DHARAMSHALA, Jan. 23: China and Nepal have reportedly signed an agreement in secrecy during Chinese President Xi Jinping’s visit in October, to handover people crossing “each other’s” borders illegally or without proper documentation within a week of their custody. The agreement is especially susceptible to target the influx of Tibetan refugees that crossover into Nepal from occupied Tibet to escape China’s persecution.
Nepalese news agency Khabarhub reported on Thursday that the revelation came as Minister of Foreign Affairs Pradeep Gyawali was offering a written clarification to the members of parliament about the agreement that was kept under wraps since it was signed alongside other bilateral agreements in October when Xi visited Nepal.
The revelation was necessitated by the Nepalese constitution which requires the government to inform the parliament within one month of the session’s resumption about any international treaty or agreement the government has signed.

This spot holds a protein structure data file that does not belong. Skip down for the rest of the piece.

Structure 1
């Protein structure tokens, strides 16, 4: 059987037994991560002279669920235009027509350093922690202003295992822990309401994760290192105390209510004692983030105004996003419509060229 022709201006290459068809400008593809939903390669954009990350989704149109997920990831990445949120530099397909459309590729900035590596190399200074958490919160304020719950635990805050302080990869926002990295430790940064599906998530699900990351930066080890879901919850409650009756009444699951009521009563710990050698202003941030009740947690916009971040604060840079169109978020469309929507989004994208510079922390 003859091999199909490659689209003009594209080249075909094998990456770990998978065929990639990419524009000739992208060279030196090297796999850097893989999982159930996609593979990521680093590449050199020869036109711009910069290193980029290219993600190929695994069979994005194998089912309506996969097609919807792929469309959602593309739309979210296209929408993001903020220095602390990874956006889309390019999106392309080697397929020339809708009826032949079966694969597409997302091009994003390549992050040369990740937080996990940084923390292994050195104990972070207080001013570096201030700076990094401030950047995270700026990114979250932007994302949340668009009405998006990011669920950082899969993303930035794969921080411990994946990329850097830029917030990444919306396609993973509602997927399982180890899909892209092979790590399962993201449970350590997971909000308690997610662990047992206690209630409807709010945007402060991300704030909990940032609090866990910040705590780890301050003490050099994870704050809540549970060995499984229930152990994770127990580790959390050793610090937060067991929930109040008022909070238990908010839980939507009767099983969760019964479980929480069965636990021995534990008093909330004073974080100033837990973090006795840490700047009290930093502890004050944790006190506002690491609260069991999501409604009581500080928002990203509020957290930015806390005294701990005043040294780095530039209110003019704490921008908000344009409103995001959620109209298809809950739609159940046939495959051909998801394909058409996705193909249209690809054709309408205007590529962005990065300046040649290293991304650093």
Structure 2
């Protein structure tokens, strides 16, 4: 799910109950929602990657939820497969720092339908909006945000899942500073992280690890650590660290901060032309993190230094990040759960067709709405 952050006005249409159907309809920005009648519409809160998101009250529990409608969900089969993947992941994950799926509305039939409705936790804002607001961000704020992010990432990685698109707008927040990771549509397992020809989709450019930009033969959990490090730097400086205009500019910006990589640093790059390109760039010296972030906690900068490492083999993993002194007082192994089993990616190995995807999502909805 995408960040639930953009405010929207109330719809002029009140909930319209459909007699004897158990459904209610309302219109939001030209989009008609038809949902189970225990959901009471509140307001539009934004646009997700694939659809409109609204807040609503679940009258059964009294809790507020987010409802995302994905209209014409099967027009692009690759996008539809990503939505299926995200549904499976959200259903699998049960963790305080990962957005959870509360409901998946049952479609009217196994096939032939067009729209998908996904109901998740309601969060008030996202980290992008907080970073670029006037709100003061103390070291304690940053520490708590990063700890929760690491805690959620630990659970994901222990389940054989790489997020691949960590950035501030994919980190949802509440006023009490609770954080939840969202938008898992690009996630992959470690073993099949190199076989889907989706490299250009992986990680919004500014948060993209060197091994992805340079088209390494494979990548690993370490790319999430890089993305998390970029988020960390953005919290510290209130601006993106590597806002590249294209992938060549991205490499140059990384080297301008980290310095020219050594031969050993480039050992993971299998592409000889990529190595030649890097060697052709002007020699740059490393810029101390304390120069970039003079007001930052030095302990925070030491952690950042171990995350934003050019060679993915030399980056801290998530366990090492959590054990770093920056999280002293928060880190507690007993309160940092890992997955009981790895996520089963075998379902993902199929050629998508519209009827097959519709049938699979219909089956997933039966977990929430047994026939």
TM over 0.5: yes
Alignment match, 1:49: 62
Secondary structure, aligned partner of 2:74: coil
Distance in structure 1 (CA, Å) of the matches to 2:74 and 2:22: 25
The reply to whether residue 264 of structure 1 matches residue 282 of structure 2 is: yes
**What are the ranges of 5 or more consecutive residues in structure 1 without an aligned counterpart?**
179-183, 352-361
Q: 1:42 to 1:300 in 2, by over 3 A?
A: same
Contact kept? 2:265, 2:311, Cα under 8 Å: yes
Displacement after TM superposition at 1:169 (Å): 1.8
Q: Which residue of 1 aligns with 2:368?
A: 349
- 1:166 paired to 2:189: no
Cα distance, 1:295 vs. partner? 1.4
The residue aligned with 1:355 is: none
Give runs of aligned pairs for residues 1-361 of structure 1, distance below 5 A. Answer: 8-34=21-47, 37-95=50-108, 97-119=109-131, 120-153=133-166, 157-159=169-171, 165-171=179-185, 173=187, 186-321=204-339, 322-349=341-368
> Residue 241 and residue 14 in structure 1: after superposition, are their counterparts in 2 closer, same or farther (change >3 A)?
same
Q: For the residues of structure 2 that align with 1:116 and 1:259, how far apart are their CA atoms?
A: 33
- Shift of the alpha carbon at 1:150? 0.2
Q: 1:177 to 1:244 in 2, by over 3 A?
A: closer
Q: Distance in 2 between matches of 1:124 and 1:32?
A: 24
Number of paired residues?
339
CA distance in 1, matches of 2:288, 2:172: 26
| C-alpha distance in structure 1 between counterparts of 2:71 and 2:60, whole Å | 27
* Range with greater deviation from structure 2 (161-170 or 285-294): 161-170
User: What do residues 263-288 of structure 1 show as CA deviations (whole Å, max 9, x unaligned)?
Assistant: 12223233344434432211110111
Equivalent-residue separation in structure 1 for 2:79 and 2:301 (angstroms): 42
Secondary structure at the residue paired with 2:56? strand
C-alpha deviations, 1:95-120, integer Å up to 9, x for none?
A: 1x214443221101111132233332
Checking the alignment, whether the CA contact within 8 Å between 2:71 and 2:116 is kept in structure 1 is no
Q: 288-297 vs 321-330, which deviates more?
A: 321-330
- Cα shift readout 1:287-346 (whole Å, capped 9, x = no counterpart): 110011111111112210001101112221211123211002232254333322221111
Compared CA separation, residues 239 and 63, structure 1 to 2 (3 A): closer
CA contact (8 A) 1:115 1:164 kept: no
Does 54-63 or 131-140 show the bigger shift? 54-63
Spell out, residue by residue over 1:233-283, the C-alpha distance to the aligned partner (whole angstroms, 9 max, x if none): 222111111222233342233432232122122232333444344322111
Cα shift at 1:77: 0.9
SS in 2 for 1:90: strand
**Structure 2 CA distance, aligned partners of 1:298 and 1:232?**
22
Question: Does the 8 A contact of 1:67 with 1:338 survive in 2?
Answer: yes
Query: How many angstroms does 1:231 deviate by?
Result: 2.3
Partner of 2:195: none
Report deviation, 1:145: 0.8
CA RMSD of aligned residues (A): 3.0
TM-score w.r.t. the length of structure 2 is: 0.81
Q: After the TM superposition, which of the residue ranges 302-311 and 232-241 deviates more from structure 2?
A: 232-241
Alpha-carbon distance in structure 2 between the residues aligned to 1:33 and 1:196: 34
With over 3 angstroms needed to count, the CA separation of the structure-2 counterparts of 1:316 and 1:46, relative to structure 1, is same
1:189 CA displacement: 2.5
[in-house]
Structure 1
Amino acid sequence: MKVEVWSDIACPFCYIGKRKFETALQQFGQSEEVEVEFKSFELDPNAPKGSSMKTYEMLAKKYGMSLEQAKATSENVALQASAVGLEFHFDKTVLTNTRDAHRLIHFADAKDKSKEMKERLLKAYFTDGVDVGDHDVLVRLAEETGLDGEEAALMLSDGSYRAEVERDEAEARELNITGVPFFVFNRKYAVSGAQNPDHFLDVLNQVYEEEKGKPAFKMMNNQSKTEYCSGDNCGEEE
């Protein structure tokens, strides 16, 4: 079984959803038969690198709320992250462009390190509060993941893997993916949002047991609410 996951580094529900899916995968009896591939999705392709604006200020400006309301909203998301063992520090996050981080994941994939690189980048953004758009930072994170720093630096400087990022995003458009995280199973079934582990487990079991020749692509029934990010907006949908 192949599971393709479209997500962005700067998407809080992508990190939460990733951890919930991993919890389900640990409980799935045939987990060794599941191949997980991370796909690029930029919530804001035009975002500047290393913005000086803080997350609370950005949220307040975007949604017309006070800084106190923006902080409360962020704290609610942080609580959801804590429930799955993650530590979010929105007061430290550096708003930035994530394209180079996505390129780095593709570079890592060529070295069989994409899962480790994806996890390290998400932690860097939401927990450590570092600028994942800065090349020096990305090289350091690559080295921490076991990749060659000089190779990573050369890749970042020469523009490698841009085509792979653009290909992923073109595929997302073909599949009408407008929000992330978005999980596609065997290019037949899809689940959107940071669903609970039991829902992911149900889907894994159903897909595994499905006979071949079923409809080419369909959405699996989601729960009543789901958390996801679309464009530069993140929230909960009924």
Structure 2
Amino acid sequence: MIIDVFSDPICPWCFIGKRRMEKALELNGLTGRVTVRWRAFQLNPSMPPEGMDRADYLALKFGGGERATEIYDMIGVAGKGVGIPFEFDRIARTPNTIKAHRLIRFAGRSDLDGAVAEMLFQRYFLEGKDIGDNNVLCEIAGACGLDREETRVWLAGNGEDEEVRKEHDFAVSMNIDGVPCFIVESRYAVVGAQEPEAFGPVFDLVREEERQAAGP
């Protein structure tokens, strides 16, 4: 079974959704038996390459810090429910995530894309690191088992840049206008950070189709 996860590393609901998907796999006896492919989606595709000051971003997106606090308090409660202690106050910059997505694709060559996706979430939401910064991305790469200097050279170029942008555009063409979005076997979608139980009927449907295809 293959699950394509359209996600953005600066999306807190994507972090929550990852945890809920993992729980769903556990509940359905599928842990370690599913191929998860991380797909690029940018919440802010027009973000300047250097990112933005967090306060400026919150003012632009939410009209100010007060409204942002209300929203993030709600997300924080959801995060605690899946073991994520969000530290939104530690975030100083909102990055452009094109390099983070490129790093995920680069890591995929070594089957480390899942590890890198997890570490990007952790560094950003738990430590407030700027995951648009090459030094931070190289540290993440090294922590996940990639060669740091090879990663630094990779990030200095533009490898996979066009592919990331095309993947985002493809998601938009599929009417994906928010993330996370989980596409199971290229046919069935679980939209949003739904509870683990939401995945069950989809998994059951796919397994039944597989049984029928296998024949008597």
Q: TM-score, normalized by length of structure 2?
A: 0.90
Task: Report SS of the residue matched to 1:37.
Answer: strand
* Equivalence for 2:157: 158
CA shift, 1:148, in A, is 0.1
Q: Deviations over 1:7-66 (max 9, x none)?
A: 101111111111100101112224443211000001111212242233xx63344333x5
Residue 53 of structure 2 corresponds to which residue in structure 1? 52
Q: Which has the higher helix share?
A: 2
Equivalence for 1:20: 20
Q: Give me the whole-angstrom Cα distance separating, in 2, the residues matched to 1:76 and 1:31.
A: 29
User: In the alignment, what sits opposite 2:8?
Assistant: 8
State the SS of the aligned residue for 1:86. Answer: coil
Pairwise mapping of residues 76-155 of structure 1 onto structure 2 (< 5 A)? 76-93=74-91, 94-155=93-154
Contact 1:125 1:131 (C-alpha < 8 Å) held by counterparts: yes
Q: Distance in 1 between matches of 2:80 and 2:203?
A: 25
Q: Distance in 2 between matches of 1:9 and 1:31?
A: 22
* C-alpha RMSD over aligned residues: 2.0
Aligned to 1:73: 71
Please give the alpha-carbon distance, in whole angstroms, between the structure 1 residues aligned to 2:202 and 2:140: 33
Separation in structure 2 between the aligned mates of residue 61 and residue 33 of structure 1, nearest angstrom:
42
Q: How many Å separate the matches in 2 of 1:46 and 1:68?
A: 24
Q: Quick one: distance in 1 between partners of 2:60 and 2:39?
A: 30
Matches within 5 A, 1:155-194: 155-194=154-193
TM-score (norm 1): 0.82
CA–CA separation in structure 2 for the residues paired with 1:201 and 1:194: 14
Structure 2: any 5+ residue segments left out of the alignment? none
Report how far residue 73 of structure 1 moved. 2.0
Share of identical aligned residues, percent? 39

The new agreement violates the “Gentlemen’s Agreement” between the government of Nepal and the UN High Commissioner for Refugees (UNHCR), put in place in 1989, where Nepal agreed to provide safe passage and transit for Tibetan refugees to travel to third countries like India where the bulk of the diaspora is based.
In October, the much-talked-about extradition treaty between Nepal and China was ultimately shelved much to the relief of some 20,000 Tibetans living in the country who stood to be directly affected by the treaty. Nepalese media at the time reported it to be due to “local opposition” within the country and fears of the same infringing upon the sovereignty of Nepal.
The existing border between Nepal and occupied Tibet is highly militarised making it one of the most dangerous journeys for exile Tibetans through the Himalayas. Their problems are however stacked even if they manage to survive the perilous cross over with Nepal growing increasingly hostile to Tibetan refugees over the years at Beijing’s behest.
Nepal which is home to more than 20,000 Tibetans who either came across the border or were born to settlers are finding it hard to sustain a free and normal existence. Earlier in March 2019, the Kathmandu government began collecting details of Tibetans living in the country for a database which, observers say, will serve to monitor the Tibetan community and curb anti-china activities.